The ADA said that it has been tracking developments of tongue and mouth issues that COVID-19 patients have experienced since early in the pandemic. Noting that oral health is an important part of overall health, the ADA said that it is continuing to examine the connection between the two as it relates to COVID-19.
Research published by the Journal of Clinical Periodontology reported that people with COVID-19 who had severe gum disease appeared at greater risk of more severe COVID-19 disease. Another study from the British Journal of Dermatology (BJD) reported on skin and tongue abnormalities found in some patients with COVID-19.
According to the American Academy of Oral & Maxillofacial Pathology (AAOMP), the tongue conditions depicted in the BJD article are very common conditions and may be unrelated to COVID-19.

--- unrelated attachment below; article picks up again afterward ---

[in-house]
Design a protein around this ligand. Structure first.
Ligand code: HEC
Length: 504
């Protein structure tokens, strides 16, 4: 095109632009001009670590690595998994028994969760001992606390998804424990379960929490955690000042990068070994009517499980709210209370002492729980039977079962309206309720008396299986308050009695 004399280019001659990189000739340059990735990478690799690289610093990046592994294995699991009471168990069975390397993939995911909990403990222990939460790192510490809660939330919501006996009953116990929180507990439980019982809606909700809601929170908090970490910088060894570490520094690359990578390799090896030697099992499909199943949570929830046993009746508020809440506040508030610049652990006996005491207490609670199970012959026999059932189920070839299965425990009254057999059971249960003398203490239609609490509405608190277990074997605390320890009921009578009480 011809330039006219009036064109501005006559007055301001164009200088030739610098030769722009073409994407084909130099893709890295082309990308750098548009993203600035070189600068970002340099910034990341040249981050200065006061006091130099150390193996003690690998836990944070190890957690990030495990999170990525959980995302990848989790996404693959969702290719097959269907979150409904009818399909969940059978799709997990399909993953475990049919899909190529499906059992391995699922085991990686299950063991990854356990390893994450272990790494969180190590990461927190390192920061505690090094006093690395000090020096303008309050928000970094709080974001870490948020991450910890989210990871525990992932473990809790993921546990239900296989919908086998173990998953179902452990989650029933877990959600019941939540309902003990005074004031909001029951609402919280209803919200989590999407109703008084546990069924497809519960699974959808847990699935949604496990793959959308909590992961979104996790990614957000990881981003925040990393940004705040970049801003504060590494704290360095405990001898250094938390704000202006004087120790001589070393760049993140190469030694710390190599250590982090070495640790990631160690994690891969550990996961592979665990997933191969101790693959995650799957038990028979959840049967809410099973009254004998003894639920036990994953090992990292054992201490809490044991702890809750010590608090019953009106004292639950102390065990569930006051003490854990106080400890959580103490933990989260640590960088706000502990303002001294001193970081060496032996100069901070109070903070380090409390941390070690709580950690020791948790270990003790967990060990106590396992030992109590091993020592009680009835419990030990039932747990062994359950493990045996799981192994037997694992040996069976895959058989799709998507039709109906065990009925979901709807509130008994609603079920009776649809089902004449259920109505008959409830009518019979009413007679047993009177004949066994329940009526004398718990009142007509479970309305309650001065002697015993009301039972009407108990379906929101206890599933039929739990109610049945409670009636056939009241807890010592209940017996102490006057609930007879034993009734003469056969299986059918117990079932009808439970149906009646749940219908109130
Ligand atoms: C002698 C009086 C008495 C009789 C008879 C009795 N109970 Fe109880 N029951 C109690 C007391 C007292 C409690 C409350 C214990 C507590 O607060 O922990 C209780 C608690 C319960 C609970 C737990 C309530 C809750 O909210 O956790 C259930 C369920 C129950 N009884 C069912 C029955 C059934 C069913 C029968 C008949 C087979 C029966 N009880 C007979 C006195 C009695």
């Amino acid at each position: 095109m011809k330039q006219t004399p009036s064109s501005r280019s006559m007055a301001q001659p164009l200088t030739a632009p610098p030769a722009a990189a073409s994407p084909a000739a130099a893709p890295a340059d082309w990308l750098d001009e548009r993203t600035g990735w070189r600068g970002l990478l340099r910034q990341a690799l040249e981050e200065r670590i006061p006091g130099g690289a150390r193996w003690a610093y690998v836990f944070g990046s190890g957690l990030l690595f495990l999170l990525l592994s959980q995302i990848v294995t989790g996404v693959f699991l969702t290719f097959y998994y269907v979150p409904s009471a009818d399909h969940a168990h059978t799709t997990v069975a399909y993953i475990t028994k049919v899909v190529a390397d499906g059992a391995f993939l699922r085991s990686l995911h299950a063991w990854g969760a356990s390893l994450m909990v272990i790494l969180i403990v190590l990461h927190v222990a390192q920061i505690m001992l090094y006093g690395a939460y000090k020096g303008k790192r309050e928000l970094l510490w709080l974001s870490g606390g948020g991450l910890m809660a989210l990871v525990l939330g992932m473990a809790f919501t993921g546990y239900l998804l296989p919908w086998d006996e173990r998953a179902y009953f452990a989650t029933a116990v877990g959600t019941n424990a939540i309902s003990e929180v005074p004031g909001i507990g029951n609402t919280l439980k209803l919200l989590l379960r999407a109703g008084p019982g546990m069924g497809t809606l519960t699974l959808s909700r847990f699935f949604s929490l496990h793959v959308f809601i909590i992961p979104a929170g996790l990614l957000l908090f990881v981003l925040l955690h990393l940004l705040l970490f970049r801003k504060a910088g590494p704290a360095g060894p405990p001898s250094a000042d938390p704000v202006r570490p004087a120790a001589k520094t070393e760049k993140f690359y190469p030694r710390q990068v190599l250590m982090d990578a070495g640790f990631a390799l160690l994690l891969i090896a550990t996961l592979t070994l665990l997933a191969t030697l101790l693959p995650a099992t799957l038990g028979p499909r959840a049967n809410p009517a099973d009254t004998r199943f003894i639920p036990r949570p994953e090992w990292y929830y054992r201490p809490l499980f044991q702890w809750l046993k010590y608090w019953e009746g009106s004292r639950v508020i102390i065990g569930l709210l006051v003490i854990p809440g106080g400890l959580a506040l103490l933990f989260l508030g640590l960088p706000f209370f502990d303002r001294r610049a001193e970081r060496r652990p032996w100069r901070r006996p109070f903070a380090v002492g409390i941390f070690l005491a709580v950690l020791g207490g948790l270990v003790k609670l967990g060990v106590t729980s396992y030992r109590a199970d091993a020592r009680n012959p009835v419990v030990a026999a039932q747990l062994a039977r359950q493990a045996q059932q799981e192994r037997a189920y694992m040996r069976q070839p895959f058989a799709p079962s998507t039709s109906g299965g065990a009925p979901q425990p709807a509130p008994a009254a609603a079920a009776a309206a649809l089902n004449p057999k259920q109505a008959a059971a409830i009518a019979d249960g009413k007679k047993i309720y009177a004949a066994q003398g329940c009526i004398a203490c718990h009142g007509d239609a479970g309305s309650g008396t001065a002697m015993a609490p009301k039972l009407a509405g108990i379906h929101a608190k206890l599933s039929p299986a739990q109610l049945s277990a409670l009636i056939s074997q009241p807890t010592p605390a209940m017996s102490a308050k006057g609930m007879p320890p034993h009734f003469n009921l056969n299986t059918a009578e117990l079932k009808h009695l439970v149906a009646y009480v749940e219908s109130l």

One condition, in which the side of the tongue has scalloped grooves, may be caused by the tongue rubbing against teeth, the ADA said. The other condition, known as “geographic tongue,” appears as red patches with white, tan, or yellow-colored borders on the surface of the tongue, the ADA said.
Geographic tongue is typically harmless and usually disappears and reappears on its own, the ADA said. But while such lesions may not be related to COVID-19, ADA researchers note they have received reports from colleagues of similar cases from patients who have had COVID-19.
The ADA, AAOMP, and American Academy of Periodontology agree there is value in additional research of oral health conditions that may be related to COVID-19 and that maintaining good oral hygiene and visiting the dentist regularly contributes to overall wellness.
The ADA encourages patients who may be concerned about their oral health to see a dentist for an evaluation and, if needed, referral to a specialist.